The distance between stating something as fact and strongly implying it is fact appears to be wide when it comes to the Milwaukee Journal-Sentinel. Their PolitiFact operation put this Tammy Baldwin tweet to its “truth-o-meter” test:
Voter turnout in 2016 was reduced by approx. 200,000 votes because of WI’s photo ID laws. We need to oppose them: https://t.co/HpHYNDOs4P
— Tammy Baldwin (@tammybaldwin) May 18, 2017
PolitiFact gave the tweet a “mostly false” rating:
Baldwin says: “Voter turnout in 2016 was reduced by approx. 200,000 votes because of WI’s photo ID laws.”
A report she cites from a Democratic candidate-supporting group says a decline in voter turnout between the 2012 and 2016 presidential elections in Wisconsin was entirely due to the state’s new photo identification requirement for voting.
But experts say that while photo ID requirements reduces turnout to some extent, they question the methodology of the report and say there is no way to put a number on how many people in Wisconsin didn’t vote because of the ID requirement.
We rate Baldwin’s statement Mostly False.
Yet, a story that strongly implied the same thing as Baldwin’s tweet appeared not only in the Journal-Sentinel but several other Gannett-owned Wisconsin newspapers last month. The Journal Sentinel headline over the AP story reported: “Wisconsin voter ID law proved insurmountable for many.” But as Media Trackers reported back then, the story itself contains just four examples of people claiming they were unable to vote due to the Photo ID law. And it walks the reader right up to the line it accuses Baldwin of crossing:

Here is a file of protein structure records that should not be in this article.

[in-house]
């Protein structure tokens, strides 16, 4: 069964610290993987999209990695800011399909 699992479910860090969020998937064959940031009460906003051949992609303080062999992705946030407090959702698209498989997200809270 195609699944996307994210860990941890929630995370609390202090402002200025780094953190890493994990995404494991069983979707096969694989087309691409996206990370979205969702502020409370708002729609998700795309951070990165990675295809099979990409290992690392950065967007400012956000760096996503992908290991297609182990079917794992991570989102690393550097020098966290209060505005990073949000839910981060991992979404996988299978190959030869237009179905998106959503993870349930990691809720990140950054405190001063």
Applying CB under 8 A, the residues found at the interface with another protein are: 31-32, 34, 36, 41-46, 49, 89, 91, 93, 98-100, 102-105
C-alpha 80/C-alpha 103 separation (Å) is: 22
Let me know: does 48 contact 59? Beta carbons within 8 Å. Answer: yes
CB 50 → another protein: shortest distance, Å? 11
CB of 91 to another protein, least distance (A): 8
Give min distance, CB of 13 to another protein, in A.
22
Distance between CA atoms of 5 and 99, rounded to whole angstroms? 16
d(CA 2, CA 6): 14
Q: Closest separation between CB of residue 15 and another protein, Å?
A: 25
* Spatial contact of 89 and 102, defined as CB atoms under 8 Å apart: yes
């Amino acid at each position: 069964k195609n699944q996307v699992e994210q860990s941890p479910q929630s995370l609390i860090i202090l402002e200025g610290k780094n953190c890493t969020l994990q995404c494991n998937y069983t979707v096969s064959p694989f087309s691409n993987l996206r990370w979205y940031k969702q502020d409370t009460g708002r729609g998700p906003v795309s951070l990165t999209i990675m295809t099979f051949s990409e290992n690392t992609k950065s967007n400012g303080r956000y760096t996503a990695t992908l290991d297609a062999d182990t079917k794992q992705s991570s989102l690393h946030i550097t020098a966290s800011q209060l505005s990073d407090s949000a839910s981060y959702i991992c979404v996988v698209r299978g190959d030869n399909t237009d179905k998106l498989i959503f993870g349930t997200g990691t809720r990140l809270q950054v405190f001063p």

By one estimate, 300,000 eligible voters in the state lacked valid photo IDs heading into the election; it is unknown how many people did not vote because they didn’t have proper identification. But it is not hard to find the Navy veteran whose out-of-state driver’s license did not suffice, or the dying woman whose license had expired, or the recent graduate whose student ID was deficient — or Harris, who at 66 made her way to her polling place despite chronic lung disease and a torn ligament in her knee.
The 300,000 eligible voter number the AP cites is actually an estimate presented in a 2014 Wisconsin court case challenging the photo ID law. The number wasn’t verified back then and even if it was accurate, there is no way of knowing how many of those people got the ID needed to vote in November, 2016(as the story indicates). In fact, nowhere does the story substantiate the “many” claim made in the headline.
The story appeared in dozens, if not hundreds, of outlets around Wisconsin and around the country with the identical headline(those links are no longer active because the story was removed due to a factual error). Yet, the Milwaukee-Journal Sentinel’s PolitiFact never saw fit to challenge the headline over that story in its paper or anywhere else. While challenging Baldwin’s claim, PolitiFact also seems to agree with AP that “many” equals four.